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Several previous studies have shown that snoring is associated with glucose metabolism and the development of diabetes, but rare study has shown the association between snoring frequency and prediabetes, particularly in China. We hypothesized that individuals who snore might have a higher risk of prediabetes. This study aimed to investigate the association between self-reported snoring and prediabetes in a Chinese population.
A cross-sectional study was performed in three large communities of Beijing from December 2011 to August 2012 by recruiting individuals aged ≥40 years old. All participants were requested to complete a detailed questionnaire and undergo anthropometric measurements. A 75 g oral glucose tolerance test was performed in individuals without diabetes. Blood samples of all participants were collected; blood glucose and blood fat levels were measured. Multivariate logistic regression models were built to assess the association between snoring frequency and prediabetes.
A total of 13,592 participants (female: 66.56%; mean age: 56.8 ± 7.9 years; mean body mass index: 25.5 ± 3.4 kg/m2) were included in the final analysis. Of these, 30.9% were diagnosed with prediabetes, while 41.3% and 25.4% had occasional and habitual snoring, respectively. Habitual snoring was associated with an increased risk of prediabetes (odds ratio [OR]: 1.3, 95% confidence interval [CI]: 1.1–1.4, P < 0.001), after adjusting for diabetes and sleep-related confounders in the multivariable models. Habitual snoring was also associated with isolated impaired fasting glucose (IFG; OR: 1.3, 95% CI: 1.0–1.6; P < 0.001) and isolated impaired glucose tolerance (IGT; OR: 1.3, 95% CI: 1.2–1.5; P < 0.001), but not IFG + IGT (OR: 1.1, 95% CI: 0.9–1.4; P = 0.281). When stratified by total cholesterol (TC) levels, this association between habitual snoring and prediabetes was observed only in individuals with TC <5.6 mmol/L (OR: 1.4, 95% CI: 1.2–1.6; P < 0.001).
Habitual snoring is associated with prediabetes, but only in individuals with TC <5.6 mmol/L. Further prospective studies are needed to confirm this finding.
Prediabetes, classified into two subtypes: impaired fasting glucose (IFG) and/or impaired glucose tolerance (IGT), is a risk state characterized by higher blood glucose levels than normal but which does not meet the diagnostic criteria for diabetes. Individuals with prediabetes develop diabetes at an average annual risk of about 5–10%.[2,3] Moreover, comparing with the high epidemiological status of chronic diabetic complications in diabetes patients, they also have an increased risk for microvascular (chronic kidney disease, neuropathies, and diabetic retinopathy) and macrovascular diseases (cardiovascular diseases).[4,5,6,7,8] The prevalence of prediabetes in China is 15.5%, accounting for 148.2 million adults with prediabetes, indicating a high socioeconomic burden.[9,10]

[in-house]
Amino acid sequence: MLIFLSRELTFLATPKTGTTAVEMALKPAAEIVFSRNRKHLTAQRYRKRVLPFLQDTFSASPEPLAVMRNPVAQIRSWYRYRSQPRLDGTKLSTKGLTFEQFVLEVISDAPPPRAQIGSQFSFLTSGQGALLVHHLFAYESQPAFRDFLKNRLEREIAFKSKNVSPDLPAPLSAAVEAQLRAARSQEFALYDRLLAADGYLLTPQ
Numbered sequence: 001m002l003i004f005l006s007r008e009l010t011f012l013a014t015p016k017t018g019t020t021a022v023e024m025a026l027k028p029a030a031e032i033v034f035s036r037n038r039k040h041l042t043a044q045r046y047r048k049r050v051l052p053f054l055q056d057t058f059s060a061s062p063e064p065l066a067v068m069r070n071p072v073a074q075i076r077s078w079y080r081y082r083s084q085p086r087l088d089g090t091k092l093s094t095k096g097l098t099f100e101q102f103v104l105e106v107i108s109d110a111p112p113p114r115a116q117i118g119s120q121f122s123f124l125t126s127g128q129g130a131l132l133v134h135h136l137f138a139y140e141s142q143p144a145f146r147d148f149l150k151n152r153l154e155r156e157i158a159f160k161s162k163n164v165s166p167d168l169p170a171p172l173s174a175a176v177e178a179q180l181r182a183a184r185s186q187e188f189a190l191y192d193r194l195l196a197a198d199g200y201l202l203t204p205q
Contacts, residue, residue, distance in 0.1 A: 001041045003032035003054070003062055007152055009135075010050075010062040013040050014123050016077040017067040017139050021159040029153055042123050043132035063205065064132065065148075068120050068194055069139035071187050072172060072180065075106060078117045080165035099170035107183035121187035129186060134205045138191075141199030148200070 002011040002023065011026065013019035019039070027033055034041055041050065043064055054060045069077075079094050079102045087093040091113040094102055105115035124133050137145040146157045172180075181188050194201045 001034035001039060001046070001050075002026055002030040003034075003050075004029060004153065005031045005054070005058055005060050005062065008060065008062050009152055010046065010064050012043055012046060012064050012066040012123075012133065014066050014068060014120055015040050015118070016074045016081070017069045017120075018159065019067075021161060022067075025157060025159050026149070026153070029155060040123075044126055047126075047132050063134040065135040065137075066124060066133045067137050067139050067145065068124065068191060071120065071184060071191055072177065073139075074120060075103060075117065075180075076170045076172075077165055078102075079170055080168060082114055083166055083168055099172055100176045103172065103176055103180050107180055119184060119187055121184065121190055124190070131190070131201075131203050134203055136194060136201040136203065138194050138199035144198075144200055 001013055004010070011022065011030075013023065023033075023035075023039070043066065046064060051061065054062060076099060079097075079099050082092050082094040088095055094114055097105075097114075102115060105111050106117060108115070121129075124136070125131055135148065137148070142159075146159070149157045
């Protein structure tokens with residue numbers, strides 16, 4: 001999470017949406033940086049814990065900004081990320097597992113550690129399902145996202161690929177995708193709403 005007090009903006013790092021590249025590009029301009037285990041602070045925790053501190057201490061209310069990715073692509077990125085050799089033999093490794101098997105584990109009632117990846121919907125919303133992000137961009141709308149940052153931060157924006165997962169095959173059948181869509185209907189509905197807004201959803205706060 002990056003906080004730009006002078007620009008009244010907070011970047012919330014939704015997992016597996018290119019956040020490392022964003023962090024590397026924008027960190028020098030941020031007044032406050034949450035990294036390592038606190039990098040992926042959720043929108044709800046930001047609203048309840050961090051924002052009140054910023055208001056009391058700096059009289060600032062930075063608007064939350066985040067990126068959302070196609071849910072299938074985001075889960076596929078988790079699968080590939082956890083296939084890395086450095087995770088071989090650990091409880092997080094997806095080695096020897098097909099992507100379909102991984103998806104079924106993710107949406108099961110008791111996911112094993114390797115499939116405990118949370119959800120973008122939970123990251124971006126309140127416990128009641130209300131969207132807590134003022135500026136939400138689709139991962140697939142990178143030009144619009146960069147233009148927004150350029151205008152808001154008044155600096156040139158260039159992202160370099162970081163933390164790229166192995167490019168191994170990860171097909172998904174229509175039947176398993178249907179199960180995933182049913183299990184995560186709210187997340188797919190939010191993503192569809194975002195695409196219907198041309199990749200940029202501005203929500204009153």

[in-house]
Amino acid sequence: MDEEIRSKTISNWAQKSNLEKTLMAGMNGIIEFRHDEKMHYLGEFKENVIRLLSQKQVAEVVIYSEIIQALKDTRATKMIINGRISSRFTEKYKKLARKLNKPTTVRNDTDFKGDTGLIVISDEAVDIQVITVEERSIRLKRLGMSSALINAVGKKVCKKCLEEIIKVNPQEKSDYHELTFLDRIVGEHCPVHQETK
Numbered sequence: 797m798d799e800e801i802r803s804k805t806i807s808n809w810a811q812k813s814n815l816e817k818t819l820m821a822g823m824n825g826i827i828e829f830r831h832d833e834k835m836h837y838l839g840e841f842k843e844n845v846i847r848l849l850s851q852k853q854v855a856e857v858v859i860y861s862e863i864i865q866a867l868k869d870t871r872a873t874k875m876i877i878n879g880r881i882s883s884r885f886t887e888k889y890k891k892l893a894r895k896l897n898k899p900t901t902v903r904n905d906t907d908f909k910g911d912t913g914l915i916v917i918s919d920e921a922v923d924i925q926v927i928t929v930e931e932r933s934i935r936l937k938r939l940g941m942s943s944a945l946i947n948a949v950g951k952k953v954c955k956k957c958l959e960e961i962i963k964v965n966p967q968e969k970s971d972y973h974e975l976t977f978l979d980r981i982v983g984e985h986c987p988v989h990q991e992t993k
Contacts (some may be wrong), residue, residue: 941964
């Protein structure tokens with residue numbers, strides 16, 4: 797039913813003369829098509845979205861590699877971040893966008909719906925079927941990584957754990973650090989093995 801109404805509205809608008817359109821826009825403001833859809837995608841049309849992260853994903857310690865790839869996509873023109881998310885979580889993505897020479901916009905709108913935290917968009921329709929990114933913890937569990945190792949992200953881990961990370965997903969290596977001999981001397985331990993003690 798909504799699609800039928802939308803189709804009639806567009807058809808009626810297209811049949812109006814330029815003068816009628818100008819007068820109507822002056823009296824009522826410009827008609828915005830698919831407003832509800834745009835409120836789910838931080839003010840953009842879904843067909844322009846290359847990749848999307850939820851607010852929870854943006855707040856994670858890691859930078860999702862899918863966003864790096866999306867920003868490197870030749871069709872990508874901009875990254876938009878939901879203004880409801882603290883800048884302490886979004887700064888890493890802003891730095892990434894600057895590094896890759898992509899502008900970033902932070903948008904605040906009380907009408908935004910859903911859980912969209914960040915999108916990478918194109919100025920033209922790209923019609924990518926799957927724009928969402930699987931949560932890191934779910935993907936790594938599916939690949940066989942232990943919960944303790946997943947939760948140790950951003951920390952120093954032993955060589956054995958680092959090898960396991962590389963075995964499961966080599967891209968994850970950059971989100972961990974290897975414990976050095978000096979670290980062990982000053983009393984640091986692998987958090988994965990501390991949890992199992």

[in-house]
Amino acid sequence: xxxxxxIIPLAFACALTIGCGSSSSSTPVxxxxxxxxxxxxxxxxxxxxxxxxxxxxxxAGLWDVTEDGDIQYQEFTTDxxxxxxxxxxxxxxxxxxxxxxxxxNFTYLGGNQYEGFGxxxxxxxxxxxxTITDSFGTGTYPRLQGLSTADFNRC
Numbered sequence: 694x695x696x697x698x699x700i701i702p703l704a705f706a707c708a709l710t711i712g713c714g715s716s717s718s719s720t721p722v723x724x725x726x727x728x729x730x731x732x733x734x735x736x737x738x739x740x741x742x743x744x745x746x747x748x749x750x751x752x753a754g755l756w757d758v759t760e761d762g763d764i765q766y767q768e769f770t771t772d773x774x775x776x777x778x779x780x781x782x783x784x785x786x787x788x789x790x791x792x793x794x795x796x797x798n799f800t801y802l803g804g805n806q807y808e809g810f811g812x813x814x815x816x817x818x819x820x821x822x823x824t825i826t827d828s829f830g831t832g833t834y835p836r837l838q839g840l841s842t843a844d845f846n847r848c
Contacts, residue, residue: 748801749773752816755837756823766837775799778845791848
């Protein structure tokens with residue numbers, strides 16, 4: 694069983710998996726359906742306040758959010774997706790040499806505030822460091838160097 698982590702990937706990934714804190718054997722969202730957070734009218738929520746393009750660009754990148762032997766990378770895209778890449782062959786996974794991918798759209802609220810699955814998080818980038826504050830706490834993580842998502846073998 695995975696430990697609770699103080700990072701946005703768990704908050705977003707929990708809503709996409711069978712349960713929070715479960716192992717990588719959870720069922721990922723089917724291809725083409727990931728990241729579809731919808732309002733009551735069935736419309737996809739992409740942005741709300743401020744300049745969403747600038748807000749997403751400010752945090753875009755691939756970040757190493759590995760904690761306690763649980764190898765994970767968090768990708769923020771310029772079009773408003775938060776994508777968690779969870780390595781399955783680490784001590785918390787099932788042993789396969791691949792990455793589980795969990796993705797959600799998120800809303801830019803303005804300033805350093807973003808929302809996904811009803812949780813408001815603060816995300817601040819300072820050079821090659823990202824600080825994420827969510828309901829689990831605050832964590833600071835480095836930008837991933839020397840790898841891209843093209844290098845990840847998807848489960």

Snoring affects approximately 5–60% of the population with deteriorating sleep quality reported by different studies.[11,12] Although the mechanism is unclear, a growing number of studies have shown that snoring is associated with glucose metabolism and development of diabetes.[13,14,15,16] In two similar prospective studies with 10-year follow-up, Elmasry et al. and Al-Delaimy et al. found that snoring was independently associated with increased incidence of Type II diabetes in 2668 men aged 30–69 years old and 69,852 women aged 40–65 years old, respectively. However, only a few studies have directly discussed the relationship between snoring and prediabetes, particularly in China. Therefore, we hypothesized that Chinese individuals who snore might have a higher risk of prediabetes. A cross-sectional study assessing the association between snoring and prediabetes was performed in a cohort of adults without diabetes, aged ≥40 years old, who were from three different communities of Beijing.
The present study was accomplished from December 2011 to August 2012 in the Gucheng, Jindingjie, and Laoshan communities of Beijing. According to the exclusion criteria, people who had difficulty in moving, conversation, and bad compliance were excluded from this study. Overall, using a cluster sampling method, 19,308 inhabitants aged ≥40 years old were recruited with signed informed consent (135 people who aged <40 years old were excluded). This study was approved by the Ethics Committee of the Chinese People's Liberation Army (PLA) General Hospital.